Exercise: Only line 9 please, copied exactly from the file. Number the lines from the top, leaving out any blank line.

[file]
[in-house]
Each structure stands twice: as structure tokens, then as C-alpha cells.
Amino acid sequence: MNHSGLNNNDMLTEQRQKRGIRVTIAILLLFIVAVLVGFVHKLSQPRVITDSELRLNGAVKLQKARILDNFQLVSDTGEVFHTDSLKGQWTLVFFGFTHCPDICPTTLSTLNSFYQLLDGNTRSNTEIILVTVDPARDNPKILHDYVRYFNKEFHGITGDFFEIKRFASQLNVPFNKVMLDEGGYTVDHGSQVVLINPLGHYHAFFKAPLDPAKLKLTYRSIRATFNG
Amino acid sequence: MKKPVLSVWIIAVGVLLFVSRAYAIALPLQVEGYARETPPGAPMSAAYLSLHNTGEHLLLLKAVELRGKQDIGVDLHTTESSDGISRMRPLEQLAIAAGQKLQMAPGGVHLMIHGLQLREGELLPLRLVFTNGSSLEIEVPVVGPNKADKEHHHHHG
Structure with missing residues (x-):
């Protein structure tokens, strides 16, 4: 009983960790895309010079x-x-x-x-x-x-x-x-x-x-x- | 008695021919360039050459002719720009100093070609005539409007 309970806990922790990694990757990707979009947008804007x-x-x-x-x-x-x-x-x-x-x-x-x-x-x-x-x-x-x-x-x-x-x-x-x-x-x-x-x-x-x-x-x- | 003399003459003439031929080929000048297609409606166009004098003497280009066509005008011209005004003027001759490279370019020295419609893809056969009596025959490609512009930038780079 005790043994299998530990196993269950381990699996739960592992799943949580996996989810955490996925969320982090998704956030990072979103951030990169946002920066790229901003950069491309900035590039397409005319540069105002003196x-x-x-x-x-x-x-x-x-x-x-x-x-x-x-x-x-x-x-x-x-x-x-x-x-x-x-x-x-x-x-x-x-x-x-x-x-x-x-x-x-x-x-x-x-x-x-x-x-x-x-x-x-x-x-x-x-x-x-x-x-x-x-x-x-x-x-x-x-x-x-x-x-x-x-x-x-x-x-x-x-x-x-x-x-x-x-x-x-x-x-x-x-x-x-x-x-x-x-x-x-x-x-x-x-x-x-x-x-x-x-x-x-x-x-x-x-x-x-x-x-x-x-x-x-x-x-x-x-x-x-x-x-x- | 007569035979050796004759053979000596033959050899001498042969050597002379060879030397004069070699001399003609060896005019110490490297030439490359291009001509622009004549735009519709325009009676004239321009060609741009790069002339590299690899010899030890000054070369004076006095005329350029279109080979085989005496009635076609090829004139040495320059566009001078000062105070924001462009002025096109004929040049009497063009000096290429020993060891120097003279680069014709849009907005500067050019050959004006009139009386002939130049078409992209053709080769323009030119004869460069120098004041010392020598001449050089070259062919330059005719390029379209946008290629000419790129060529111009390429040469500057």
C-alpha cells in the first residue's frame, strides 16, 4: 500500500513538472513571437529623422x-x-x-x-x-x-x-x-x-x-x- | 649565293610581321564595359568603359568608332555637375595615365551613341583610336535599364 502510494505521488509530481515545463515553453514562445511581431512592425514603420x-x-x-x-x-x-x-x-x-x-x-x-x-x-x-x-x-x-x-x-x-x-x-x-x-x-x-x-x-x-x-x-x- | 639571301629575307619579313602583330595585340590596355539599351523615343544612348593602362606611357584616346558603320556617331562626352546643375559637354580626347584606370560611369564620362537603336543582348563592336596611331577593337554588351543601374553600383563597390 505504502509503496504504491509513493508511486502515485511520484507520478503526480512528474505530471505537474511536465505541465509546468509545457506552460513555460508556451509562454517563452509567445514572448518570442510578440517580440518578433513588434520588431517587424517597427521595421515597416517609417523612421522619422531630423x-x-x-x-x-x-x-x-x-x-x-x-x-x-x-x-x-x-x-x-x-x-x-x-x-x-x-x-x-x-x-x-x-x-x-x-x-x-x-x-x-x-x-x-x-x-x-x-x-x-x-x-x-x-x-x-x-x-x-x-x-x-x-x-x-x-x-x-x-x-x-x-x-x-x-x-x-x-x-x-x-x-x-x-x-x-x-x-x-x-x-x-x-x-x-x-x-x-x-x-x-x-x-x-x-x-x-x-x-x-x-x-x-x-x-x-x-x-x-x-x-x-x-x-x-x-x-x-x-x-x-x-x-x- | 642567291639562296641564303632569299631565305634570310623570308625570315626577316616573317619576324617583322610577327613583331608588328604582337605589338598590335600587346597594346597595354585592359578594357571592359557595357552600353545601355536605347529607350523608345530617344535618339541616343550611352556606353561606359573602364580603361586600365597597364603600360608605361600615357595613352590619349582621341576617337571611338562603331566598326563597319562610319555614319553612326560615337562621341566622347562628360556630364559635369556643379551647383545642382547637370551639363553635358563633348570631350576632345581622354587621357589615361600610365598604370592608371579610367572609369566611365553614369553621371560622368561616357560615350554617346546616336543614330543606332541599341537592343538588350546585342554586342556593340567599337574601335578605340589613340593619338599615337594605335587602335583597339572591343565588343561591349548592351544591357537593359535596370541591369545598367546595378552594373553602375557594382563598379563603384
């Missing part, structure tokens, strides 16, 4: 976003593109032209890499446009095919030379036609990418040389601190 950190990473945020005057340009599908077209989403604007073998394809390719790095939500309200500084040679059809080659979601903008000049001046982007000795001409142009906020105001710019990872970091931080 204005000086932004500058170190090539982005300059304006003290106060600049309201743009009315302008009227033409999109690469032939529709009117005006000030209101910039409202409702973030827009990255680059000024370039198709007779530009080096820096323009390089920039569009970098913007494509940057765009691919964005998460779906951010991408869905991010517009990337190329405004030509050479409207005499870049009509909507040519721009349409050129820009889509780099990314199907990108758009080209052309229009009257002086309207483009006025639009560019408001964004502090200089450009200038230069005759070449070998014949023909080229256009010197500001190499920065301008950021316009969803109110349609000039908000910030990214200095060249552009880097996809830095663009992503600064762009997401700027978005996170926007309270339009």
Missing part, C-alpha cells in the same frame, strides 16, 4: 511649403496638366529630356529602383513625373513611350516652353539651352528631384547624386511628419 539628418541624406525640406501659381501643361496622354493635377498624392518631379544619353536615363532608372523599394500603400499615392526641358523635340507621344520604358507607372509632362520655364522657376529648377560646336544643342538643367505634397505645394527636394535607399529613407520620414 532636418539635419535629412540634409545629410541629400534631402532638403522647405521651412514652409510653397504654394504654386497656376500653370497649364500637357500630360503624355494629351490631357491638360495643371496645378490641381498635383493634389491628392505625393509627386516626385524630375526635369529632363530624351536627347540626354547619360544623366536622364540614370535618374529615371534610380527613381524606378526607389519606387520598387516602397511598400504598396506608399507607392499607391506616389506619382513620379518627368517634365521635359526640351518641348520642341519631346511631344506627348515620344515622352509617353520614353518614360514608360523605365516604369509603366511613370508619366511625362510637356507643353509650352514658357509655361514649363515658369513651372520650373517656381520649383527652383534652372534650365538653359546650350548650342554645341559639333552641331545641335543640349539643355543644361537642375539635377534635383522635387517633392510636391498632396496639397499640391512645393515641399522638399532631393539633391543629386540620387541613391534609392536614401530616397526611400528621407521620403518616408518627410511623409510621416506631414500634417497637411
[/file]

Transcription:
Missing part, C-alpha cells in the same frame, strides 16, 4: 511649403496638366529630356529602383513625373513611350516652353539651352528631384547624386511628419 539628418541624406525640406501659381501643361496622354493635377498624392518631379544619353536615363532608372523599394500603400499615392526641358523635340507621344520604358507607372509632362520655364522657376529648377560646336544643342538643367505634397505645394527636394535607399529613407520620414 532636418539635419535629412540634409545629410541629400534631402532638403522647405521651412514652409510653397504654394504654386497656376500653370497649364500637357500630360503624355494629351490631357491638360495643371496645378490641381498635383493634389491628392505625393509627386516626385524630375526635369529632363530624351536627347540626354547619360544623366536622364540614370535618374529615371534610380527613381524606378526607389519606387520598387516602397511598400504598396506608399507607392499607391506616389506619382513620379518627368517634365521635359526640351518641348520642341519631346511631344506627348515620344515622352509617353520614353518614360514608360523605365516604369509603366511613370508619366511625362510637356507643353509650352514658357509655361514649363515658369513651372520650373517656381520649383527652383534652372534650365538653359546650350548650342554645341559639333552641331545641335543640349539643355543644361537642375539635377534635383522635387517633392510636391498632396496639397499640391512645393515641399522638399532631393539633391543629386540620387541613391534609392536614401530616397526611400528621407521620403518616408518627410511623409510621416506631414500634417497637411